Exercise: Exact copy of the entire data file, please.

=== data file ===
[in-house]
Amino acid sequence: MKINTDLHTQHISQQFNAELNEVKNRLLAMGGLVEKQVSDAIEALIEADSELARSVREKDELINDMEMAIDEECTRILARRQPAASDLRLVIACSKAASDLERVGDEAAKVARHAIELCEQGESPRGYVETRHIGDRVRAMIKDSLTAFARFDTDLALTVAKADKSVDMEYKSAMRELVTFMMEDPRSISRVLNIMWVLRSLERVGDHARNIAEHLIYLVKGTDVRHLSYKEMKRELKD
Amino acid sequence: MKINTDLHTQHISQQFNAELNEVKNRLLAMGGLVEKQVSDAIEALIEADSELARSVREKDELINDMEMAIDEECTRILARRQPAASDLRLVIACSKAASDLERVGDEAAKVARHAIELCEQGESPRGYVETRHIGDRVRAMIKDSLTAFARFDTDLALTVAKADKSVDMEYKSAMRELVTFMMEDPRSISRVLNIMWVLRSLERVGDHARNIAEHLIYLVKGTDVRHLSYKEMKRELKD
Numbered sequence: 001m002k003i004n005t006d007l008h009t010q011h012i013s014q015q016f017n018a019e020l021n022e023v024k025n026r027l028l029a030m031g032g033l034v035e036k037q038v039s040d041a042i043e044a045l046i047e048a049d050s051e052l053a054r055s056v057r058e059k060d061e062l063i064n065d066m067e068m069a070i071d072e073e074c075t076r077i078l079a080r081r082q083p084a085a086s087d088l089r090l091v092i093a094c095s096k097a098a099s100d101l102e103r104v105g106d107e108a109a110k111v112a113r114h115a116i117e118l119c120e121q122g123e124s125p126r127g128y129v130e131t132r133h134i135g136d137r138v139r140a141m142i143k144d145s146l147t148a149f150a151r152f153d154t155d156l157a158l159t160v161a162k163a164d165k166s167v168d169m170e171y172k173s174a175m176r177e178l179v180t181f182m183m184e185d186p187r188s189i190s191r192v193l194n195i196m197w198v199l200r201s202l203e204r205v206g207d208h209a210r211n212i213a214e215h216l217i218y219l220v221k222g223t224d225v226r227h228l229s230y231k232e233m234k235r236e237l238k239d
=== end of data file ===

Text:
[in-house]
Amino acid sequence: MKINTDLHTQHISQQFNAELNEVKNRLLAMGGLVEKQVSDAIEALIEADSELARSVREKDELINDMEMAIDEECTRILARRQPAASDLRLVIACSKAASDLERVGDEAAKVARHAIELCEQGESPRGYVETRHIGDRVRAMIKDSLTAFARFDTDLALTVAKADKSVDMEYKSAMRELVTFMMEDPRSISRVLNIMWVLRSLERVGDHARNIAEHLIYLVKGTDVRHLSYKEMKRELKD
Amino acid sequence: MKINTDLHTQHISQQFNAELNEVKNRLLAMGGLVEKQVSDAIEALIEADSELARSVREKDELINDMEMAIDEECTRILARRQPAASDLRLVIACSKAASDLERVGDEAAKVARHAIELCEQGESPRGYVETRHIGDRVRAMIKDSLTAFARFDTDLALTVAKADKSVDMEYKSAMRELVTFMMEDPRSISRVLNIMWVLRSLERVGDHARNIAEHLIYLVKGTDVRHLSYKEMKRELKD
Numbered sequence: 001m002k003i004n005t006d007l008h009t010q011h012i013s014q015q016f017n018a019e020l021n022e023v024k025n026r027l028l029a030m031g032g033l034v035e036k037q038v039s040d041a042i043e044a045l046i047e048a049d050s051e052l053a054r055s056v057r058e059k060d061e062l063i064n065d066m067e068m069a070i071d072e073e074c075t076r077i078l079a080r081r082q083p084a085a086s087d088l089r090l091v092i093a094c095s096k097a098a099s100d101l102e103r104v105g106d107e108a109a110k111v112a113r114h115a116i117e118l119c120e121q122g123e124s125p126r127g128y129v130e131t132r133h134i135g136d137r138v139r140a141m142i143k144d145s146l147t148a149f150a151r152f153d154t155d156l157a158l159t160v161a162k163a164d165k166s167v168d169m170e171y172k173s174a175m176r177e178l179v180t181f182m183m184e185d186p187r188s189i190s191r192v193l194n195i196m197w198v199l200r201s202l203e204r205v206g207d208h209a210r211n212i213a214e215h216l217i218y219l220v221k222g223t224d225v226r227h228l229s230y231k232e233m234k235r236e237l238k239d